Beyond the sting the root.

Lys Lily Wild


The magic of nettle.

I’m excited. I’m truly happy in this moment. It’s the small things that give joy these days and this is such good news.

I will tell more about why in a moment. First to set the backdrop of this story. When I was diagnosed with breast cancer I had to stop all herbs because of the hormone drivers that a lot of them have in their plant signatures. The effect on the body for someone tussling with oestrogen and progesterone positive cancer seemed too dangerous. I had herbalist friends trying to support me, but I just couldn’t engage my mind on anything but immediate survival. My main focus had to be nutrition and other healing modalities. And so herbs were put on the back burner.

This broke my heart because I have been hedge witching with various herbal preparations for years. My kitchens have always been a veritable apothecary, with bottles and tinctures and herbs hanging to dry. It felt like I lost good friends overnight. And up until now I have had no bandwidth to reconnect and do the necessary research to check what plant allies are favourable for me.

Now, standing on the mountain of menopause. Honestly how did I get here so quickly after the cancer seas? I mean, really? Anyway, the clock is ticking. I’m on an uphill jaunt knowing that the menopause is playing havoc with a system already sensitised with hormones, and above me looms the shadow of cancer metastasis. I must find the time to learn as much as I can about hormonal balancing and I must do it now.

Well today my dear friend shared an article about nettle root that had me leaping around with glee.

It seems the humble nettle root is an utter winner and not just for the likes of me, but a winner for many women and men out there. Let me pass on the knowledge I learnt today and perhaps nettle root will find its way into your kitchen too.

There is such a lot of information about this incredible plant, but for the purposes of this blog I will keep it simple and focused. Sex hormone binding globulin, or SHBG is a protein made by the liver which binds to and carries three crucial hormones in men and women; estrogen, testosterone and dihydrotestostersterone. And nettle root regulates the levels of this protein in the body.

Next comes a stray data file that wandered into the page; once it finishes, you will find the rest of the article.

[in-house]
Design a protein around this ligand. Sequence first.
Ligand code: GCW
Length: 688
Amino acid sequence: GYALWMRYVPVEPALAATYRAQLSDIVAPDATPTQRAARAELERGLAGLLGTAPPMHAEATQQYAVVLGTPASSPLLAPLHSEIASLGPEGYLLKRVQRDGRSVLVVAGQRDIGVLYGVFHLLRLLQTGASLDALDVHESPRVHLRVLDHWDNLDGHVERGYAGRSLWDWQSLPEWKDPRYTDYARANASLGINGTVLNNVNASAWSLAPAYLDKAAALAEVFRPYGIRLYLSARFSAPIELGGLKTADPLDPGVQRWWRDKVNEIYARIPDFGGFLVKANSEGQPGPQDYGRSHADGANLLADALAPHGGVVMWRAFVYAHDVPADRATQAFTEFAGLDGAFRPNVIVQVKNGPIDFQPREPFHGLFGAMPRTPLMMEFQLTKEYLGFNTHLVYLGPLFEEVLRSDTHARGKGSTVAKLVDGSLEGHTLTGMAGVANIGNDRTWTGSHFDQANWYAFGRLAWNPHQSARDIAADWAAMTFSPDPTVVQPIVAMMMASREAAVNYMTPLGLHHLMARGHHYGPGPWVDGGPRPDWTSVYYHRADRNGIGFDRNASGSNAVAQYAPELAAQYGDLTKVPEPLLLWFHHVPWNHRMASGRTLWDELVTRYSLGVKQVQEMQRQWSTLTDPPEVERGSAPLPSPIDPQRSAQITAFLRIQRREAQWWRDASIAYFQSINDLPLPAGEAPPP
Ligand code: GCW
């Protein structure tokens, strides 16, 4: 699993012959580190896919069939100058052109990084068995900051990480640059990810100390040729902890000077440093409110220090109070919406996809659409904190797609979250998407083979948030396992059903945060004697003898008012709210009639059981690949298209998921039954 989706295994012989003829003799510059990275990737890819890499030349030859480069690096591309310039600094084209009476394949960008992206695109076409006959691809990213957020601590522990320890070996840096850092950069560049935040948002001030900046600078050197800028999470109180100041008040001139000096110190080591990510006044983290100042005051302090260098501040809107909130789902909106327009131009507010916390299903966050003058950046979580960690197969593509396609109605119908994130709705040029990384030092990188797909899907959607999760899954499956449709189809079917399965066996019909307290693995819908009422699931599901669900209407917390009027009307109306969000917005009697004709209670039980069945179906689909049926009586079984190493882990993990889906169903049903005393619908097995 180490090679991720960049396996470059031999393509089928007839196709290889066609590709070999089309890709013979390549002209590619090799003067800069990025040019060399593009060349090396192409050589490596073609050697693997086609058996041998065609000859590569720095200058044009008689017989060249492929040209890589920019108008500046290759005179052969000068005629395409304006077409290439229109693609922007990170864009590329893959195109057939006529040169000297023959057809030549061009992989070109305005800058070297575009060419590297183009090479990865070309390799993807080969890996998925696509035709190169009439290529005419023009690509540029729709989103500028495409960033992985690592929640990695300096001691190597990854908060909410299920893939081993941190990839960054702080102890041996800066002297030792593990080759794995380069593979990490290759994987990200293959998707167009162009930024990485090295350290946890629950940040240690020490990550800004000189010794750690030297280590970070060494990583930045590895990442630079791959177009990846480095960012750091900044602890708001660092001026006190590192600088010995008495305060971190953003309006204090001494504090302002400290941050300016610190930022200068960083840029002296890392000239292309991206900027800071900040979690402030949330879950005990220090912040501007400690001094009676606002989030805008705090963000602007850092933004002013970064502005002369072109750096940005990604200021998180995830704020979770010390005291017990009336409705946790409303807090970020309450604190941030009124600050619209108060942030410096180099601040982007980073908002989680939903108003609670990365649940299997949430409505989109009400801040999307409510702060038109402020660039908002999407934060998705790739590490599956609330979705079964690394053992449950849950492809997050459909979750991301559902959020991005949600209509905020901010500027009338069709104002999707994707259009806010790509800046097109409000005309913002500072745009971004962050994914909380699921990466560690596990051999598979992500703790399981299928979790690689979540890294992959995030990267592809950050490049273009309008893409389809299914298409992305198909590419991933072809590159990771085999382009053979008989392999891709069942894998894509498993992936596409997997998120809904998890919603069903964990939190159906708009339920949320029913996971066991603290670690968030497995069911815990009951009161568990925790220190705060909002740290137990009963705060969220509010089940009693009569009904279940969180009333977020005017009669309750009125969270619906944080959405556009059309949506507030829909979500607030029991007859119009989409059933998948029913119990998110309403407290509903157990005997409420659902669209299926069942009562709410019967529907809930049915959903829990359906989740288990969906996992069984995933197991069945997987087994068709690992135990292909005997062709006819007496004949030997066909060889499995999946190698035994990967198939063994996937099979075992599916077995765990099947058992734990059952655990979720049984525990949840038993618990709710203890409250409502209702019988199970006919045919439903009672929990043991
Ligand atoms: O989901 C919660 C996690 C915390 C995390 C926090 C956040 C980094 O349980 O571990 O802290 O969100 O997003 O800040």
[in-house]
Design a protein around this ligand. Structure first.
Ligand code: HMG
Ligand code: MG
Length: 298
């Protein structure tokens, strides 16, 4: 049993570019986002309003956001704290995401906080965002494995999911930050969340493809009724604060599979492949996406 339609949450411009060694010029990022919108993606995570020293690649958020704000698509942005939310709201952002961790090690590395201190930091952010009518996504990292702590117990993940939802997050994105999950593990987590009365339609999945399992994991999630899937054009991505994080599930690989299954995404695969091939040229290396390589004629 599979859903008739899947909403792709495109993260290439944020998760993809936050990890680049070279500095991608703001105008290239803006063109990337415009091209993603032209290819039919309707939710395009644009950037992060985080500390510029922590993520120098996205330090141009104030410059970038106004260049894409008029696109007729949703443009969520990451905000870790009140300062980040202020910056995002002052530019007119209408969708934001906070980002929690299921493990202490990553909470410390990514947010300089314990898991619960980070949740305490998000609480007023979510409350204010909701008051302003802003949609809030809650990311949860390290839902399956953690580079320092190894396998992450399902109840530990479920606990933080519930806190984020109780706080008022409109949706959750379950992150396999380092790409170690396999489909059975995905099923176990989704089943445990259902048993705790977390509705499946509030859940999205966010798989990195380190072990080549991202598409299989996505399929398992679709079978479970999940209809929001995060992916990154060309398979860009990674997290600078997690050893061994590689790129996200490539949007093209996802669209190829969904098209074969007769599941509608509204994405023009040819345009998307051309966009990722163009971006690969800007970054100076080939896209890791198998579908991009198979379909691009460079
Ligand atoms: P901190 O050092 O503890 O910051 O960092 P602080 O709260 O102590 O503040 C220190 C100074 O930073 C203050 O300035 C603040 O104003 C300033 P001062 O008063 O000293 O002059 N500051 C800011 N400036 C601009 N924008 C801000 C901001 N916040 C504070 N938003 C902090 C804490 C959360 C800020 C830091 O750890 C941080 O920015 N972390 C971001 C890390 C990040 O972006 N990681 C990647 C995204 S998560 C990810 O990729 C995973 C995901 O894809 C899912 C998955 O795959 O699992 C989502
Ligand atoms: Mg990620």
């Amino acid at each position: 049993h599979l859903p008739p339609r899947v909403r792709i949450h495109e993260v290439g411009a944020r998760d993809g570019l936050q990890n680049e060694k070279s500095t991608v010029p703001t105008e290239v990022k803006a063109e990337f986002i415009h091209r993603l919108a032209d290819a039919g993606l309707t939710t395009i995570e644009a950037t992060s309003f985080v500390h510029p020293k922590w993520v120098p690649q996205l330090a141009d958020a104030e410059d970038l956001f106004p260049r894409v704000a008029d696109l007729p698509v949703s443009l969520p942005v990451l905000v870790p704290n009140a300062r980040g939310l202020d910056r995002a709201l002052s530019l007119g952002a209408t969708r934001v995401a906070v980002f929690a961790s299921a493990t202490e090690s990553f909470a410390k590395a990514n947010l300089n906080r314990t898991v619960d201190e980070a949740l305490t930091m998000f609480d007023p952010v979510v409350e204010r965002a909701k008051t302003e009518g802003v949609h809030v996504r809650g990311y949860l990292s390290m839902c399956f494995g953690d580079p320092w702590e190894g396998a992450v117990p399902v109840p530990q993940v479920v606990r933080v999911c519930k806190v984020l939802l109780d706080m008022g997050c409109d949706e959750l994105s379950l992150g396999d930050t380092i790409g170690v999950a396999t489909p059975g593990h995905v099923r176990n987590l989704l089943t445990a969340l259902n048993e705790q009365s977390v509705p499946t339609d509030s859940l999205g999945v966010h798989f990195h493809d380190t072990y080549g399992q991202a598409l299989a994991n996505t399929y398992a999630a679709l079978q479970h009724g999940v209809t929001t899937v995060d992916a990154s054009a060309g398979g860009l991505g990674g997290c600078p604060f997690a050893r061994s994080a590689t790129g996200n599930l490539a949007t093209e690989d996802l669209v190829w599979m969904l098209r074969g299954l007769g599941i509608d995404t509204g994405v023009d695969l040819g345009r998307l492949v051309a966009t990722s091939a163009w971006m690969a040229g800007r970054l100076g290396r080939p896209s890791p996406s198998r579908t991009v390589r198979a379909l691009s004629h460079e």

There is a process call aromatase activity which is essentially a conversion process in the body. In this instance I’m focusing on the conversion of the estrogen metabolite estradiol. This metabolite can be very damaging to the system, directly affecting male reproductive function, sex drive and erectile dysfunction. And in women high aromatase activity is linked to issues ranging from poly-cystic ovaries to oestrogen driven breast cancer. As I understand the beta-sitosterol that is present in nettle root inhibits the aromatase activity.

So on the one hand it regulates the hormonal SHBG by raising it or lowering it. And on the other hand it inhibits the potentially dangerous metabolite estradiol from causing major health issues. It is the richest source of plant protein, vitamin K, amino acids and essential vitamins and a superb tonic for dry and lifeless hair.

Allergic reactions are rare, though some may experience mild nausea, constipation or diarrhoea which resolves fairly quickly. Always start with low doses, whether you use the tincture, infusion or dried powder and always source organic or better still learn how to process it yourself. To learn more I suggest you speak to your lovely herbalist friends, because all parts of the plant can be used for a myriad of health issues and they will be able to guide you through.

Here stands the fantastic and yet humble nettle root. I will of course let you know how things go. I am taking you with me on this journey after all. And the small wins along the way I promise to share.
As for me I am just loving having an old friend back in the building.

Today is a good day.